Mark Scott, Managing Director, ABC, talked at the Innovative Ideas Forum 2009. This was a thoughtful presentation on how the ABC is investing in digital delviery, despite limited resources. He used the example of how Twitter was used during the Victorian bushfires. Mr Scott said "The ABC is the emergency broadcaster". So at question time I asked if the ABC ws investing sufficient in the mobile service for he community to rely on it. I did a quick check and the ABC's new mobile web site appears to still not meet with accessibility guidelines and has dozens of validation errors. Mr. Scott said he thought the accessibility problems had been fixed and he would go back to the office and check. If the ABC uses the web and mobile phones as an integral part of its service it then I suggest it has an obligation to provide that service to the wide community and in emergencies. That requires funding, planning and testing by the ABC.

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Dr Summers on blogging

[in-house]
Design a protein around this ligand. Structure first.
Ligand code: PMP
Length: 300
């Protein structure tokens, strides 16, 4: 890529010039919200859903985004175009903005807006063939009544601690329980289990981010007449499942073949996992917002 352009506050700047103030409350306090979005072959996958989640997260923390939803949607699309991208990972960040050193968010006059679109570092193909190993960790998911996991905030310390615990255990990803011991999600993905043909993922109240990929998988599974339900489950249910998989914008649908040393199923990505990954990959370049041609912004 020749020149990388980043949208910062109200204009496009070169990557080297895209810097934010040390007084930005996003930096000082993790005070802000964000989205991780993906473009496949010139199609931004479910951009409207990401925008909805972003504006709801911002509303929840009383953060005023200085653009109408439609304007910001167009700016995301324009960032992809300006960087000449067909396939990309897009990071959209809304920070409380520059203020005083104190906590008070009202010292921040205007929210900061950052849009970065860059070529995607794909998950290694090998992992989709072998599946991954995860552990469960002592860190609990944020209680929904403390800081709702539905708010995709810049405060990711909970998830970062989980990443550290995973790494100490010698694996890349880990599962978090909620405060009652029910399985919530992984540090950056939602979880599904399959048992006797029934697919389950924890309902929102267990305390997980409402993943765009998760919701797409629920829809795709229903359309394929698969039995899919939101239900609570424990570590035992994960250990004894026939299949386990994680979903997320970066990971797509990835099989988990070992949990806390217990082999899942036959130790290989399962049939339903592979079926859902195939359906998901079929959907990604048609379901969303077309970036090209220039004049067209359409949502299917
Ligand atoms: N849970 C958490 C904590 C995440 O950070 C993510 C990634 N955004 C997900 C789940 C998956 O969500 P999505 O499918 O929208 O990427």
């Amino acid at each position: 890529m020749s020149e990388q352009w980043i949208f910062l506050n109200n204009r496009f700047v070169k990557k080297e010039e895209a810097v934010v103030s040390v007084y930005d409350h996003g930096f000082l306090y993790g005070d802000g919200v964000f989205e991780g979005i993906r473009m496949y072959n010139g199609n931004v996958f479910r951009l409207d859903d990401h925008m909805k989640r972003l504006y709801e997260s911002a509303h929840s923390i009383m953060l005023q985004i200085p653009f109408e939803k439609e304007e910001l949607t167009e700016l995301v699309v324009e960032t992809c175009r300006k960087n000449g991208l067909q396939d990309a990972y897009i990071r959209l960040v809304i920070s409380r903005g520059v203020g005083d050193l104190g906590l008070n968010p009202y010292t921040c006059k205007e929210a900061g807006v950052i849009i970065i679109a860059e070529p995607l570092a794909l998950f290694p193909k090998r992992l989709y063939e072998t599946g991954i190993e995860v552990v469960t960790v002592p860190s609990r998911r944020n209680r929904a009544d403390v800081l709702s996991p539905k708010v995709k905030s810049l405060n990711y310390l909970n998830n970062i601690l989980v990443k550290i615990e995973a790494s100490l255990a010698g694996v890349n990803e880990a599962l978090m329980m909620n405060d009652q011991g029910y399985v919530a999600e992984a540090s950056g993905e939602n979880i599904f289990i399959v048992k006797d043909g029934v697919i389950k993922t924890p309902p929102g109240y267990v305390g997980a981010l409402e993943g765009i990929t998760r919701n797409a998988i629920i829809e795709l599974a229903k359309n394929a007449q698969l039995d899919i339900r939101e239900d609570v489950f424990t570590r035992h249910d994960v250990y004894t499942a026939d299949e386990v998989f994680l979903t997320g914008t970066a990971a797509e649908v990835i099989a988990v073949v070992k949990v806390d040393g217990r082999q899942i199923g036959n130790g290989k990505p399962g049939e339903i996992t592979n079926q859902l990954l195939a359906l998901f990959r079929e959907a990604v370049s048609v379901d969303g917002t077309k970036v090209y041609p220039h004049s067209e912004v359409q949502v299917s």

Dr Anne Summers, gave a thoughtful and entertaining talk at the Innovative Ideas Forum 2009, on the implications for serious writing of the Internet. She expressed concern about the loss of historical information as paper is replaced by ephemeral digital media. Dr Summers showed us her facebook page live, which was impressive. As an author, her business model appears to be to use the web to promote books for sale. As with the previous speaker I asked if there might come a time when the writing would be supported from online advertising. Dr Summers replied that she had signed up for online ads, but the revenue was minimal. She also comfortable she was comfortable with online books but hers may not suit that medium. I jokingly suggested she sign up for my ANU course on how to do it.